soldier passes his cartridge box to the figure of "Determination" who will continue into battle despite the odds. Set on a
base of Vermont Granite and surrounded by a flagstone terrace and walk, this handsome monument cost the state of Alabama $12,000
to erect. The design and sculpture is the work of artist Joseph W. Urner of Frederick, Maryland. It was dedicated by the Alabama
Division of the United Daughters of the Confederacy on November 12, 1933.
Gen. Robert E. Lee had planned an assault against Union positions on
the afternoon of July 2, but was delayed, however, because Lt. Gen. James Longstreet had to wait for his final brigade
(Evander M. Law's, Hood's division) to arrive, and then he was forced to march on a long, circuitous route that could not
be seen by Union Army Signal Corps observers on Little Round Top. It was 4 p.m. by the time his two divisions reached their
jumping off points, and then he and his generals were astonished to find the III Corps planted directly in front of them on
the Emmitsburg Road. Hood, arguing with Longstreet, insisted that the development demanded a change in tactics. He wanted
to swing around, below and behind, Round Top and hit the Union Army in the rear, but Longstreet refused to consider such a
modification to Lee's order. Nevertheless, and partly because of Sickles'
unexpected location, Longstreet's assault would not proceed according to Lee's plan. Instead of wheeling left to join a simultaneous
two-division push on either side of the Emmitsburg Road, Hood's division attacked in a more easterly direction than intended,
and McLaws' and Anderson's divisions deployed brigade by brigade, in an en echelon style of attack, also heading more to the
east than the intended northeast.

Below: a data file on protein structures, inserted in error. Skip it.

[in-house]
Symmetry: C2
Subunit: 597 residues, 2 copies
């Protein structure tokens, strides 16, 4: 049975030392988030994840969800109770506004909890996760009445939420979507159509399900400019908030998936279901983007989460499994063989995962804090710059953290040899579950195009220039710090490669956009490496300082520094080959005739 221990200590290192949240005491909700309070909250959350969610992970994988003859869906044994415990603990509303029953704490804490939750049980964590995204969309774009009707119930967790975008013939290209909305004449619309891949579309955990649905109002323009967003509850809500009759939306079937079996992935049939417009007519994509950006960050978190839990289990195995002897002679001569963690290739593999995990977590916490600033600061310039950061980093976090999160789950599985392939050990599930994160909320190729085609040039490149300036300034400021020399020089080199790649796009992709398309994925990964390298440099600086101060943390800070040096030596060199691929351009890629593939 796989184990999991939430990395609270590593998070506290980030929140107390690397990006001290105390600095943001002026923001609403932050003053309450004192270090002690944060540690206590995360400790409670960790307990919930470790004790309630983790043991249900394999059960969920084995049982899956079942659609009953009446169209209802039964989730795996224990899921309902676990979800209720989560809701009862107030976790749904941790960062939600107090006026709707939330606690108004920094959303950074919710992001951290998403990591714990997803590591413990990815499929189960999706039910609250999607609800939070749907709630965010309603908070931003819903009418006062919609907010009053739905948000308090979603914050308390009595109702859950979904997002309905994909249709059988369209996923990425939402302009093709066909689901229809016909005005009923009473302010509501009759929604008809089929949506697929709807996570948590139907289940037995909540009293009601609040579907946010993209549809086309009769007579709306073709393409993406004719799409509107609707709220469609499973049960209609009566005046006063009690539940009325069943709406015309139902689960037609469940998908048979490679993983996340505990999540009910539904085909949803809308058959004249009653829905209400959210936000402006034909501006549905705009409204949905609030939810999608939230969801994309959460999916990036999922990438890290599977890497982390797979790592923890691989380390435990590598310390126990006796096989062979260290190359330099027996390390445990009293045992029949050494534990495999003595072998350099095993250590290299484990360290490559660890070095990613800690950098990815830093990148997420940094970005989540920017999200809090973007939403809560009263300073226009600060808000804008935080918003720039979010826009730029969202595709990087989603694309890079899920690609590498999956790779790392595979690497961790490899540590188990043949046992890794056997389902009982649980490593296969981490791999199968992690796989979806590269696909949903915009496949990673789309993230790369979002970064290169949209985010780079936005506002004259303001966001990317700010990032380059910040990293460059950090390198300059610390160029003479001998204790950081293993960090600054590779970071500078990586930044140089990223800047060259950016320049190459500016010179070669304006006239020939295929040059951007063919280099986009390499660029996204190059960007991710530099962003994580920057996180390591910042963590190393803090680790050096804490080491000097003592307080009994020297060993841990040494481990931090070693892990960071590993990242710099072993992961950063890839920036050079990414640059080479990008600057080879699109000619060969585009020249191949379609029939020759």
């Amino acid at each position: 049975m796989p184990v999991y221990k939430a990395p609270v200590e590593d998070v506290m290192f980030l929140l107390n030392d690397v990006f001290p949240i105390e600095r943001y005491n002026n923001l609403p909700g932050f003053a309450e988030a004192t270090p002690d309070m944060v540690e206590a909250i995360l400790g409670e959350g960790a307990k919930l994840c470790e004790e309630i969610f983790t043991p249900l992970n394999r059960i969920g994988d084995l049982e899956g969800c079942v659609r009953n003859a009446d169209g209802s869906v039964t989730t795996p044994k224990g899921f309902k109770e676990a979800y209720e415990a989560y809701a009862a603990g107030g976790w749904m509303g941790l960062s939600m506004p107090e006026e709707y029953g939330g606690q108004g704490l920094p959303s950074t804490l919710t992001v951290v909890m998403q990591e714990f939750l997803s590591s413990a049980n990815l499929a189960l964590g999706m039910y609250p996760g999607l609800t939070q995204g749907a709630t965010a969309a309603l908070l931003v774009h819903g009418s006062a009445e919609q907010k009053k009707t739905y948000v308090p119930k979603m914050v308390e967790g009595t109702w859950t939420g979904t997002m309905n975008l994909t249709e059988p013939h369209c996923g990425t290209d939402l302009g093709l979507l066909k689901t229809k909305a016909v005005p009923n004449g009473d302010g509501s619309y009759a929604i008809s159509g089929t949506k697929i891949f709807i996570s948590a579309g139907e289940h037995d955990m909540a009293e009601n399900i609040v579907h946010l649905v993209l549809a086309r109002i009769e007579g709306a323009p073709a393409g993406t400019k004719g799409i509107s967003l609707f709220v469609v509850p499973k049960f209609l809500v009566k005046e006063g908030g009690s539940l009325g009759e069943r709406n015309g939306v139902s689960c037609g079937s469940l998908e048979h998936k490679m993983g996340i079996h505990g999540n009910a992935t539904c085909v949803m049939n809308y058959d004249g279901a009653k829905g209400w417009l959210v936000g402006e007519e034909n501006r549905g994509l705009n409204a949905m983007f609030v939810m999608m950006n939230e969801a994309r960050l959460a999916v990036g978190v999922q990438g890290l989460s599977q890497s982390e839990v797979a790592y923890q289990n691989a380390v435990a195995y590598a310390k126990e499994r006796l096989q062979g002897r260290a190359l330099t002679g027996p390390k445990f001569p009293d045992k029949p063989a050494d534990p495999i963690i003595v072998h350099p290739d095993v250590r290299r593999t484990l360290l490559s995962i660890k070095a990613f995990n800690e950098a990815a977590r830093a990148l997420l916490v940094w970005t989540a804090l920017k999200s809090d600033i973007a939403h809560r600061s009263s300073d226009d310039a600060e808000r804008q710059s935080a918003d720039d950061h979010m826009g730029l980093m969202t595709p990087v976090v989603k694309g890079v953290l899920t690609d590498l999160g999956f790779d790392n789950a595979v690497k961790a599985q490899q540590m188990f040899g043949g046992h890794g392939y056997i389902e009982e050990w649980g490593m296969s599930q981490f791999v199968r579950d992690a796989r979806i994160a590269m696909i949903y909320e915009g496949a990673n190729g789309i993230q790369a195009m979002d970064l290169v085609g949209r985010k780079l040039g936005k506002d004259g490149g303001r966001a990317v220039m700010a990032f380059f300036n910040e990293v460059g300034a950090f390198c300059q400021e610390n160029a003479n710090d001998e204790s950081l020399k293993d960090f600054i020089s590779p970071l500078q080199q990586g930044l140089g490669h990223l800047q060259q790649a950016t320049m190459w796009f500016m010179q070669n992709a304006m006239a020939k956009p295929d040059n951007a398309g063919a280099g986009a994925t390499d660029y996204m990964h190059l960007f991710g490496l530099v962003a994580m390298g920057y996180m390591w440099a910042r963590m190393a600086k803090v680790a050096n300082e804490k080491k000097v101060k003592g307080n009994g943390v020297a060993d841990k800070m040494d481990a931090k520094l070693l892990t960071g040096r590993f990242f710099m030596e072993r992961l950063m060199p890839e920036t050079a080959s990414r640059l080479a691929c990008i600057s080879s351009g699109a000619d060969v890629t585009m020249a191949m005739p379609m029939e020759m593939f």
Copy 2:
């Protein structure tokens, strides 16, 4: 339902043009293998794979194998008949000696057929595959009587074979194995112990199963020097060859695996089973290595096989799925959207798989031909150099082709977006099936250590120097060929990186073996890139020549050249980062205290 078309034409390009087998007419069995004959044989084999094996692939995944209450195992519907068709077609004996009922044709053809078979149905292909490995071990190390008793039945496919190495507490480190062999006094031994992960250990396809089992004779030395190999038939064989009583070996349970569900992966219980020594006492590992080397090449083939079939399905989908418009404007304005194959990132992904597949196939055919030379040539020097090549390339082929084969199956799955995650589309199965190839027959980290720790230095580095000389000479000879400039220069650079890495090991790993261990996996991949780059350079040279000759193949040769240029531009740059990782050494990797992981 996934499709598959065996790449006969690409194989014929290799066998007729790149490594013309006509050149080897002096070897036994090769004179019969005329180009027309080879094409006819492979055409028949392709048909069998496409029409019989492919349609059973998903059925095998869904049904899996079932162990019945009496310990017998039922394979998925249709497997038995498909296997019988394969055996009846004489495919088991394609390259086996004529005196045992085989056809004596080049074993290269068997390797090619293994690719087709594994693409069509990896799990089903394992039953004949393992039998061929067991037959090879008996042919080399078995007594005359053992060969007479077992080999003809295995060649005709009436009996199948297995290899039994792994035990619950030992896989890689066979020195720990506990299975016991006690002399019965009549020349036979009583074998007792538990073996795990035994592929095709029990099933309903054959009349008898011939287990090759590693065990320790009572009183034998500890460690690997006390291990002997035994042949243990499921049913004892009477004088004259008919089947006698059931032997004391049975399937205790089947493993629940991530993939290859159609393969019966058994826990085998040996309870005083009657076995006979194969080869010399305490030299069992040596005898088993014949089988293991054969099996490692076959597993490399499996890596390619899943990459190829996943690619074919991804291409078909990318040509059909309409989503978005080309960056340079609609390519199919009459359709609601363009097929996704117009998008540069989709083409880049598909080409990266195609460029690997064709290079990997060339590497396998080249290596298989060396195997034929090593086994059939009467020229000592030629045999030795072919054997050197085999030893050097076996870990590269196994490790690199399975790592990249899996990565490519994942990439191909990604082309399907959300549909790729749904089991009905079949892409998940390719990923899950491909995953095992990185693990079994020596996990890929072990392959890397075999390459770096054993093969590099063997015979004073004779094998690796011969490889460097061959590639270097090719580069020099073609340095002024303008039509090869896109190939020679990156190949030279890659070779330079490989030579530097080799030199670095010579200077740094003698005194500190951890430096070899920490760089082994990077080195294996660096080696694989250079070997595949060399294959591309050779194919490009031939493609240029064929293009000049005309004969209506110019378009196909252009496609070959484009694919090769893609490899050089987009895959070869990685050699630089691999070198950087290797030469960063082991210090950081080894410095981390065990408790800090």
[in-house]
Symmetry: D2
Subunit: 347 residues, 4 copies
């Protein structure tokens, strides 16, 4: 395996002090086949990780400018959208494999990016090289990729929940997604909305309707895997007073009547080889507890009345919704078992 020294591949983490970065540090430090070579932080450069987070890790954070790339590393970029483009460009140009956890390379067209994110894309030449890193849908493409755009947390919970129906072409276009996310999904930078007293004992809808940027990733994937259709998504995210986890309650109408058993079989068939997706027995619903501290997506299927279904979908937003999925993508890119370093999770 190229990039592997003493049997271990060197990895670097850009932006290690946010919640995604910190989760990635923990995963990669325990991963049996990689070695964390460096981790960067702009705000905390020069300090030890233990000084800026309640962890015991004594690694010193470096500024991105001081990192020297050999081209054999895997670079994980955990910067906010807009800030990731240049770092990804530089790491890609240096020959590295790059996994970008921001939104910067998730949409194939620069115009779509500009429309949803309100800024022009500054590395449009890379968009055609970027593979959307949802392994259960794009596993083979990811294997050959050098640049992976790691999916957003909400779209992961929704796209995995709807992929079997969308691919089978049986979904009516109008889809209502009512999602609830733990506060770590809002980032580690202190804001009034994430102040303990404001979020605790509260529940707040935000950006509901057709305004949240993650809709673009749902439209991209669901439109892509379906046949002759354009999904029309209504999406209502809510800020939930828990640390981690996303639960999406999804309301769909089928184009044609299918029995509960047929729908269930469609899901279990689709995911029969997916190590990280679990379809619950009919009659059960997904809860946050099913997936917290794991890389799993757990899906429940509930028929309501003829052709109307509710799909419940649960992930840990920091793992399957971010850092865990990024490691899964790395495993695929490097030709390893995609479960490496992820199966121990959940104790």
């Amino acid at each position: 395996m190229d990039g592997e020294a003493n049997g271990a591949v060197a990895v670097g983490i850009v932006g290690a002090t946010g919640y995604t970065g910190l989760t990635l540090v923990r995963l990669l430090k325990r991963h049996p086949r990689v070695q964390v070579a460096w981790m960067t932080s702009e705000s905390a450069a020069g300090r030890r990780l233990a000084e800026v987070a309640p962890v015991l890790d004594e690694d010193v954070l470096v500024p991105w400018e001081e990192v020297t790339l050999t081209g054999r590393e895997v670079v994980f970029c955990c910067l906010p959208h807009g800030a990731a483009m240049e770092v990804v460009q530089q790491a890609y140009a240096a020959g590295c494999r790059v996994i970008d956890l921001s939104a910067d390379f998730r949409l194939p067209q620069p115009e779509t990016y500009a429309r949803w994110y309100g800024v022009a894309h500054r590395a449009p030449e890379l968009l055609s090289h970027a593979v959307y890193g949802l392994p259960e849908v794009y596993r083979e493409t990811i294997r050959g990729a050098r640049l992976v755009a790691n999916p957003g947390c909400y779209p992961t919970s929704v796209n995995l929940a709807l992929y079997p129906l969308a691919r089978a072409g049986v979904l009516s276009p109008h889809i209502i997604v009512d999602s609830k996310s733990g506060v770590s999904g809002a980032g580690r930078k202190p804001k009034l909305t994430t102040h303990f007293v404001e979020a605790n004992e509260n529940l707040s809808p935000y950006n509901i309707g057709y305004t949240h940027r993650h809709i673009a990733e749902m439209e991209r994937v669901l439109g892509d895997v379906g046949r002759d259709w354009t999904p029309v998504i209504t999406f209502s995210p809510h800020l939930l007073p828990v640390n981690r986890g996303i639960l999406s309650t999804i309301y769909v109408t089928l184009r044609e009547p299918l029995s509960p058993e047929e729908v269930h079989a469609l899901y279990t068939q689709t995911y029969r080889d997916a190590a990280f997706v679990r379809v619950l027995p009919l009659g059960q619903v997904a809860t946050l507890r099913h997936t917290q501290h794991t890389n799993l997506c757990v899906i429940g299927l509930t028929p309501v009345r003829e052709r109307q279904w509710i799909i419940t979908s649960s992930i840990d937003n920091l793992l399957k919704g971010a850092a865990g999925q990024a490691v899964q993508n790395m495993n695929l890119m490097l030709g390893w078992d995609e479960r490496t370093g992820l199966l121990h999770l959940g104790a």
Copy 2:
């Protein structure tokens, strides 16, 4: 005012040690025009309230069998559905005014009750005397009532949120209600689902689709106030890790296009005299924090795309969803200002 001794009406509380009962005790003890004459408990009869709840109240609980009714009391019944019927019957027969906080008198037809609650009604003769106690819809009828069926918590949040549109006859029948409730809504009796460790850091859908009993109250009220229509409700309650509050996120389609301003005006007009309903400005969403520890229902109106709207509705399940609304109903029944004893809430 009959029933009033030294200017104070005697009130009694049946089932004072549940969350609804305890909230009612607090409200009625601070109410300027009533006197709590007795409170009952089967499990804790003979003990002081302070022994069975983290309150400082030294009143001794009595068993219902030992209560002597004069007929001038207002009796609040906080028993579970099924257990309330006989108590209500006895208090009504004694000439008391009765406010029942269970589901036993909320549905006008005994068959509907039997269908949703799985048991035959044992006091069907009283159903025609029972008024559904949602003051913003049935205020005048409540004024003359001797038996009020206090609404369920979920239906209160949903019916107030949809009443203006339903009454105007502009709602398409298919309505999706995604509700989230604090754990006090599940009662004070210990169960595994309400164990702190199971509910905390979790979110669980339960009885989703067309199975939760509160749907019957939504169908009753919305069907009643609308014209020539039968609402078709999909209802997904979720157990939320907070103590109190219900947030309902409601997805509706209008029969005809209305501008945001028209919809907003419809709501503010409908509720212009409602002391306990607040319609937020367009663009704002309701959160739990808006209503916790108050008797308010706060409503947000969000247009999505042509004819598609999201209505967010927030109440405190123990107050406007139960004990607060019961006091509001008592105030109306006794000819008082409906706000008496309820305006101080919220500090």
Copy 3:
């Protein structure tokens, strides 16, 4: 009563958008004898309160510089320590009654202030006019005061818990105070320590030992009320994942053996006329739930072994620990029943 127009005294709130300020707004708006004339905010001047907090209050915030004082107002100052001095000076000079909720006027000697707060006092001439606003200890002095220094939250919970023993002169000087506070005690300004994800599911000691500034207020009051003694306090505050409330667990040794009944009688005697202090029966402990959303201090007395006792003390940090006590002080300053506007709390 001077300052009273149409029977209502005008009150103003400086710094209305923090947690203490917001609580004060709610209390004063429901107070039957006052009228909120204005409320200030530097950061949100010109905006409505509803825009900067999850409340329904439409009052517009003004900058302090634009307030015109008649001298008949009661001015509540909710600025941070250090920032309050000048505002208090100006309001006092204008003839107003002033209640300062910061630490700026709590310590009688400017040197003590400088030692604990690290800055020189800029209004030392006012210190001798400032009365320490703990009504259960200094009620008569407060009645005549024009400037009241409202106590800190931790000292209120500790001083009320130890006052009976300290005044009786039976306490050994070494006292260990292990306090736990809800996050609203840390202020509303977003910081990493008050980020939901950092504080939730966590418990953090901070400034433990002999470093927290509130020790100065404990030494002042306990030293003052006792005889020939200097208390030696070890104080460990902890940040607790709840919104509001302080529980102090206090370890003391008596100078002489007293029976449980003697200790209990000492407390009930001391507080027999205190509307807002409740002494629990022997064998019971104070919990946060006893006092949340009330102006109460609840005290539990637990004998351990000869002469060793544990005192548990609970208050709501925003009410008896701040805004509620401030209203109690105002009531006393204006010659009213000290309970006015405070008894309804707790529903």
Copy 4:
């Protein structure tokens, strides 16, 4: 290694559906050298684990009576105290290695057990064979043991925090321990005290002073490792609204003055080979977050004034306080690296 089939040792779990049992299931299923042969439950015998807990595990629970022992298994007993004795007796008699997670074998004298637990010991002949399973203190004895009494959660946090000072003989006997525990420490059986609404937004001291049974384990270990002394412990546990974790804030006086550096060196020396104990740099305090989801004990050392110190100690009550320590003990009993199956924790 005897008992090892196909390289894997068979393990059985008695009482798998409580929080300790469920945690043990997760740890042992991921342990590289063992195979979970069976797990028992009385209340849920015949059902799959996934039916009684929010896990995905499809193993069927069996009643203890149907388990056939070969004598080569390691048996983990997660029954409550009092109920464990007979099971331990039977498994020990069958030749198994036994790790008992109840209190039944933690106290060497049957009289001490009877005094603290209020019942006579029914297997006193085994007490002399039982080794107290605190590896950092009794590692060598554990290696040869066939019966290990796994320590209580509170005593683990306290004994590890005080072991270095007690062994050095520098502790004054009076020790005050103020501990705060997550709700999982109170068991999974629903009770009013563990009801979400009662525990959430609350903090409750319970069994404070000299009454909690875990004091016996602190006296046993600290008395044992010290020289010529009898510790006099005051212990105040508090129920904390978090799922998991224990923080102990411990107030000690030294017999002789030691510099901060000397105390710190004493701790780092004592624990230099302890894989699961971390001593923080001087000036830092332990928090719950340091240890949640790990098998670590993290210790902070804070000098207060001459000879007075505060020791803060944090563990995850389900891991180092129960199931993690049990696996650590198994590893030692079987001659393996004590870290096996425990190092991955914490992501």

Lee's inability to coordinate his units would result
in a series of disjointed attacks on the 2nd day of fighting. Underestimating Meade's strength, poor logistics,
including the lack of sufficient drinking water, and inadequate reserves would contribute to the high casualties
in the Southern ranks on this day. Lee's refusal and failure
to avoid Union strongpoints would continue through the 3rd and final day at Gettysburg. According to Sun Tzu, when the enemy is strong avoid him, and where he is weak, attack
him. While Lee committed many blunders by pushing his grand army into Pennsylvania, he could ill-afford the tremendous, irreplaceable
casualties that occurred here. His battered and demoralized army would now crawl back to Virginia, only to never
invade Northern soil again. Meanwhile, fresh troops continued to fill and replenish the ranks of the Army of the Potomac.
Casualty figures for the second day of Gettysburg are difficult to ascertain
because both armies reported by unit after the full battle, not by day. One estimate is that the Confederates lost approximately
6,000 killed, missing, or wounded from Hood's, McLaws', and Anderson's divisions, amounting to 30–40% casualties. Union
losses in these actions probably exceeded 9,000. One estimate for the day's total (including the Culp's and Cemetery Hill